A former director of music at a south London school argues for music education in a powerful article published in the TES (Times Educational Supplement) online.
Philip Viveash refers to the sustained cuts to school budgets, a burgeoning teacher recruitment crisis, and the fact that Music, along with all arts subjects in England, has been excluded from the government’s EBacc measurement of GCSEs and from the Russell Group of Universities’ list of facilitating subjects. A fast-growing number of schools are removing music entirely from the curriculum.
He says that, like drama and sport, music is an iceberg subject; the relatively small numbers involved with the academic study of the subject, exist in combination with large numbers involved in music outside of the classroom, whether that’s in instrumental, singing or theory lessons, or singing or playing in the school ensembles, and describes its power and impact:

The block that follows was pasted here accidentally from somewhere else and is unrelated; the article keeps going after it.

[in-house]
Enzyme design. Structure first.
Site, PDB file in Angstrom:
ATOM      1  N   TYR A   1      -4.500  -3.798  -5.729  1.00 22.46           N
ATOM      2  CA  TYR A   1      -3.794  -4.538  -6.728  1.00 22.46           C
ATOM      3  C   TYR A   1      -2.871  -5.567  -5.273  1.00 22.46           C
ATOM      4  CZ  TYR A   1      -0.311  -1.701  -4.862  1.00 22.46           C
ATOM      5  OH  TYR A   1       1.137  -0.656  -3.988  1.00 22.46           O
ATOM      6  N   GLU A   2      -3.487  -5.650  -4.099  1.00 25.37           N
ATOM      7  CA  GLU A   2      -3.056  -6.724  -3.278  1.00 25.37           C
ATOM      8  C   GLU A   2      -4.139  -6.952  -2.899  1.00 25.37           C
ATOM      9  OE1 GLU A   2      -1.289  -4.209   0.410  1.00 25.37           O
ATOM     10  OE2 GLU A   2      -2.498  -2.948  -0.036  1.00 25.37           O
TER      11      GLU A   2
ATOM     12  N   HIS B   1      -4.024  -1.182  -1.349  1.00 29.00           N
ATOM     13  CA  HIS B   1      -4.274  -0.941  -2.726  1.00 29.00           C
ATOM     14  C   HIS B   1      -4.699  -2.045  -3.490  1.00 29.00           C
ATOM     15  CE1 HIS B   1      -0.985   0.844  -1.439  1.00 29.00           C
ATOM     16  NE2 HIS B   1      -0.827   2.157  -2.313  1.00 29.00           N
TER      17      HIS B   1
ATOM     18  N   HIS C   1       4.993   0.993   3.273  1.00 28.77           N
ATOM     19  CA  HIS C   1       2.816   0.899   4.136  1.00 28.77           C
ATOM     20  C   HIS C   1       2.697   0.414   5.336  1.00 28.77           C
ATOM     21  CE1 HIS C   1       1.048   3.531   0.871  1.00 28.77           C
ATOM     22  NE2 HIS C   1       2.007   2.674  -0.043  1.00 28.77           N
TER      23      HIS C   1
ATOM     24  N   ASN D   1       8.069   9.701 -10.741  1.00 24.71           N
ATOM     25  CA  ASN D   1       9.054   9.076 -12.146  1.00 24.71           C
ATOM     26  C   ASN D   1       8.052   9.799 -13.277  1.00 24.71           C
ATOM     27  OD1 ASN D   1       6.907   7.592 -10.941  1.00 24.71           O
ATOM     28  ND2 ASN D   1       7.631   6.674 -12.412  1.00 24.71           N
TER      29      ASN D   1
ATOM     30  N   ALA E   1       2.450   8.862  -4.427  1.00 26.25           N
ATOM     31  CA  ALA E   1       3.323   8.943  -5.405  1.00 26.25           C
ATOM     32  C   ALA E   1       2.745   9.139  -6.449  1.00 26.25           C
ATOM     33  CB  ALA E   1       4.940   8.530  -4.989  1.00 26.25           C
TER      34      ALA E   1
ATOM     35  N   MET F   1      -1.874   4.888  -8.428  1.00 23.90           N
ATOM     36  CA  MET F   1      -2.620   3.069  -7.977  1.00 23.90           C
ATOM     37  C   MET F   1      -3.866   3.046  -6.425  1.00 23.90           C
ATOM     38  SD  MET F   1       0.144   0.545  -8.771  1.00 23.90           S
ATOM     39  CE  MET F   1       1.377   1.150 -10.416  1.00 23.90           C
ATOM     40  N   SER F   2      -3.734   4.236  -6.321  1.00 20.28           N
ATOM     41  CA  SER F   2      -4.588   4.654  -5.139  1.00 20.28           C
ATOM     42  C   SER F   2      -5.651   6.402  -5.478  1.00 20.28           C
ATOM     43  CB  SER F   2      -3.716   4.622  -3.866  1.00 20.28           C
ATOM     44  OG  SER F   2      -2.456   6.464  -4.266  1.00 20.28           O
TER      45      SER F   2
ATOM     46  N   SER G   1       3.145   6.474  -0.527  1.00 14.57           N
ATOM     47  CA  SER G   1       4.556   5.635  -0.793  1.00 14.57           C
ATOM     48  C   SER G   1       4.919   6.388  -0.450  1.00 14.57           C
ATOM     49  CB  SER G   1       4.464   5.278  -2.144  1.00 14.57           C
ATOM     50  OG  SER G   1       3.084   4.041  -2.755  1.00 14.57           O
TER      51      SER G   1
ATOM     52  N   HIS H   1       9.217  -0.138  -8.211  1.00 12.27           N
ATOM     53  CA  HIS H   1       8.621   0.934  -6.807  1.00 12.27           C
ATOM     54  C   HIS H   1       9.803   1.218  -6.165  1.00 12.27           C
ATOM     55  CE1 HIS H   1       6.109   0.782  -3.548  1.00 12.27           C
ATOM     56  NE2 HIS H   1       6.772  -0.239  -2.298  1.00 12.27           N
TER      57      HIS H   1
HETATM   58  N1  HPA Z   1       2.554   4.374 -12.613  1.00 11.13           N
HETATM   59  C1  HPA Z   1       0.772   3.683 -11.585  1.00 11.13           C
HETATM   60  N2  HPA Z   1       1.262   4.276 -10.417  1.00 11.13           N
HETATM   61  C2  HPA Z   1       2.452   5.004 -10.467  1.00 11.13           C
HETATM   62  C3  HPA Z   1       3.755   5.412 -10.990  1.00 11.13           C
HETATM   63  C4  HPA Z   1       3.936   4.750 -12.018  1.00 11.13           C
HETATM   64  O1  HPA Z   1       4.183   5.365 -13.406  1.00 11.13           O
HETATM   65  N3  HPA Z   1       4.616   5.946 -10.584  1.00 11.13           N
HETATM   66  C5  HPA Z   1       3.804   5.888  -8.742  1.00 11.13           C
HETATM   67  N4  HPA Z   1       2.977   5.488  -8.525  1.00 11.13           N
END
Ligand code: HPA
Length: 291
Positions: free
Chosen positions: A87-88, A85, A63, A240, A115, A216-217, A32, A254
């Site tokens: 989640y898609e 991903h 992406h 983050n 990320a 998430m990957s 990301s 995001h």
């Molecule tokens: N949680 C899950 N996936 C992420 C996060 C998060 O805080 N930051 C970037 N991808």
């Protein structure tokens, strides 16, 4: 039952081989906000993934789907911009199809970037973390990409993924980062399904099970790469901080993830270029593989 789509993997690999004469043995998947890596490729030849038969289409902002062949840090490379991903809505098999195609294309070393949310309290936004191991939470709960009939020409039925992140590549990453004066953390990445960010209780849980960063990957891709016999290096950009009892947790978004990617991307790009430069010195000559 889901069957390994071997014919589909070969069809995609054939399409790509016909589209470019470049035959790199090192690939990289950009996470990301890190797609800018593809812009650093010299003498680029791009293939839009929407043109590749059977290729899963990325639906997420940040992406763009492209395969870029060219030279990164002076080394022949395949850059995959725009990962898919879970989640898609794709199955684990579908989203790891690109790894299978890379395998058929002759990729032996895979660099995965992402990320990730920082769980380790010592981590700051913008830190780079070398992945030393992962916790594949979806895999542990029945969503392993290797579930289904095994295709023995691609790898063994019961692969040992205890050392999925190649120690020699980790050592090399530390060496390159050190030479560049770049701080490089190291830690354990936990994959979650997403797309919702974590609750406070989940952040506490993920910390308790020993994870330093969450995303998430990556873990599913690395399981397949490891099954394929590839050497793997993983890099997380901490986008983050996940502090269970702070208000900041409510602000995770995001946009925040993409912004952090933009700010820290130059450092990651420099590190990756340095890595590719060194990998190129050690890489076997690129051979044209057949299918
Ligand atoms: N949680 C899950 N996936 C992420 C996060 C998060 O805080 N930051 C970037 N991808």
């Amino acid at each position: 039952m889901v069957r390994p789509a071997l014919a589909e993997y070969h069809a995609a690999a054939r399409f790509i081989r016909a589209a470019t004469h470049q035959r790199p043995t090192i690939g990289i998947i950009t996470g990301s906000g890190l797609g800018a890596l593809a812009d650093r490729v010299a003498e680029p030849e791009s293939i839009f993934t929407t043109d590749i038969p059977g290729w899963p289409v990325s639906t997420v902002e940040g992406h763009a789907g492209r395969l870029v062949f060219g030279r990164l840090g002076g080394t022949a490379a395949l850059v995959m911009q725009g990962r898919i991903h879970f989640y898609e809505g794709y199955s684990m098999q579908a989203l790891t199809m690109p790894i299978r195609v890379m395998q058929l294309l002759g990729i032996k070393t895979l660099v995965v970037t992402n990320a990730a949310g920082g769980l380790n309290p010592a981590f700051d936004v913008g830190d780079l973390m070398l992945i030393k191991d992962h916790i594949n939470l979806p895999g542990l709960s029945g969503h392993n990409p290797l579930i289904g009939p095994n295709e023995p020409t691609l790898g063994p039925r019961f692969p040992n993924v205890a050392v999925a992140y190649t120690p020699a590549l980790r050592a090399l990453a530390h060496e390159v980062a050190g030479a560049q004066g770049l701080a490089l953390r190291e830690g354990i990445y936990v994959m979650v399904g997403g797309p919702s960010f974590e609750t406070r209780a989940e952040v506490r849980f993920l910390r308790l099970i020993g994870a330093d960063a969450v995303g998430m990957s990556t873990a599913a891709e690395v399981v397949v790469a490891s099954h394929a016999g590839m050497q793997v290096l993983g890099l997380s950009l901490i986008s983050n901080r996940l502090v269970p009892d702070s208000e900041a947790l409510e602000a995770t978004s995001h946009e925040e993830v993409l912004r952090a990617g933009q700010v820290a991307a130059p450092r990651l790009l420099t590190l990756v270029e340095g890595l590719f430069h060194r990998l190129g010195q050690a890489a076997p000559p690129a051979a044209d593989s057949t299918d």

“”Music connects us to our deepest and most profound emotions. It gives a voice to what we truly feel, regardless of whether we can find the words to express it or not. It touches us deeply and profoundly. That’s why it matters to all of us so much.”
“This is why we study and teach music – not because it will improve academic performance, enable young people to make friends, look good on UCAS applications, provide wonderful opportunities to perform and places to visit, enable them to perform and make music all their lives, or teach discipline and dedication (although, of course, it will do all of those things). We want our students to be enriched and encouraged by music. We want them to have more resilience, more dedication, more discipline, more love, more compassion, more gentleness…in short, a richer and happier life.”
He concludes: Education should be about kindling a thirst for knowledge – children discovering who they are, what brings them joy and what does not, how to work, how to learn and how to think. Music is an essential part of that discovery. Let’s not allow music education to slip away.